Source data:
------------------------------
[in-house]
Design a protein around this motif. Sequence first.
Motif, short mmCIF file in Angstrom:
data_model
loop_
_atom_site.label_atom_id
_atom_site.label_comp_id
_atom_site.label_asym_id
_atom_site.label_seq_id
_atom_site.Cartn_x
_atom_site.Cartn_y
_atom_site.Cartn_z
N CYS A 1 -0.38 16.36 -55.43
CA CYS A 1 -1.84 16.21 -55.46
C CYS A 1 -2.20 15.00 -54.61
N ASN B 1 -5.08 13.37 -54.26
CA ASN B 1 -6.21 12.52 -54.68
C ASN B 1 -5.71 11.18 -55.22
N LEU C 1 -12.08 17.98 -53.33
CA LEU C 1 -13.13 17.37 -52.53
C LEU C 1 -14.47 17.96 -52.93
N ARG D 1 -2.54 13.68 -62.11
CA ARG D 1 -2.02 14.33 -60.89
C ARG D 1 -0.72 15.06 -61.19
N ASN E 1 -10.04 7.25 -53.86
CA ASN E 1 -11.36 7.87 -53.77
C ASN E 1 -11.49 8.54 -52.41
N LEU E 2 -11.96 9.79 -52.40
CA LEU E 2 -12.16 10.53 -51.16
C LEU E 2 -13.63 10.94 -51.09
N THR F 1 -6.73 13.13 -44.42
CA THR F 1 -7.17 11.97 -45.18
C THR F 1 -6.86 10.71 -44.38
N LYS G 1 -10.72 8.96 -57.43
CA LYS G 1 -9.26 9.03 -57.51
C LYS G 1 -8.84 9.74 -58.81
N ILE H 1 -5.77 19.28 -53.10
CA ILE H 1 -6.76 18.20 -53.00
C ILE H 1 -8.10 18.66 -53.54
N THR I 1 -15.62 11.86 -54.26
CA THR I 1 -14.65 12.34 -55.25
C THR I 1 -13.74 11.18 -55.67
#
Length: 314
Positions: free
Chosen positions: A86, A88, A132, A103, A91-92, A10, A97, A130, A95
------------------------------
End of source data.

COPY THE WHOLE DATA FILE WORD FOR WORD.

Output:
[in-house]
Design a protein around this motif. Sequence first.
Motif, short mmCIF file in Angstrom:
data_model
loop_
_atom_site.label_atom_id
_atom_site.label_comp_id
_atom_site.label_asym_id
_atom_site.label_seq_id
_atom_site.Cartn_x
_atom_site.Cartn_y
_atom_site.Cartn_z
N CYS A 1 -0.38 16.36 -55.43
CA CYS A 1 -1.84 16.21 -55.46
C CYS A 1 -2.20 15.00 -54.61
N ASN B 1 -5.08 13.37 -54.26
CA ASN B 1 -6.21 12.52 -54.68
C ASN B 1 -5.71 11.18 -55.22
N LEU C 1 -12.08 17.98 -53.33
CA LEU C 1 -13.13 17.37 -52.53
C LEU C 1 -14.47 17.96 -52.93
N ARG D 1 -2.54 13.68 -62.11
CA ARG D 1 -2.02 14.33 -60.89
C ARG D 1 -0.72 15.06 -61.19
N ASN E 1 -10.04 7.25 -53.86
CA ASN E 1 -11.36 7.87 -53.77
C ASN E 1 -11.49 8.54 -52.41
N LEU E 2 -11.96 9.79 -52.40
CA LEU E 2 -12.16 10.53 -51.16
C LEU E 2 -13.63 10.94 -51.09
N THR F 1 -6.73 13.13 -44.42
CA THR F 1 -7.17 11.97 -45.18
C THR F 1 -6.86 10.71 -44.38
N LYS G 1 -10.72 8.96 -57.43
CA LYS G 1 -9.26 9.03 -57.51
C LYS G 1 -8.84 9.74 -58.81
N ILE H 1 -5.77 19.28 -53.10
CA ILE H 1 -6.76 18.20 -53.00
C ILE H 1 -8.10 18.66 -53.54
N THR I 1 -15.62 11.86 -54.26
CA THR I 1 -14.65 12.34 -55.25
C THR I 1 -13.74 11.18 -55.67
#
Length: 314
Positions: free
Chosen positions: A86, A88, A132, A103, A91-92, A10, A97, A130, A95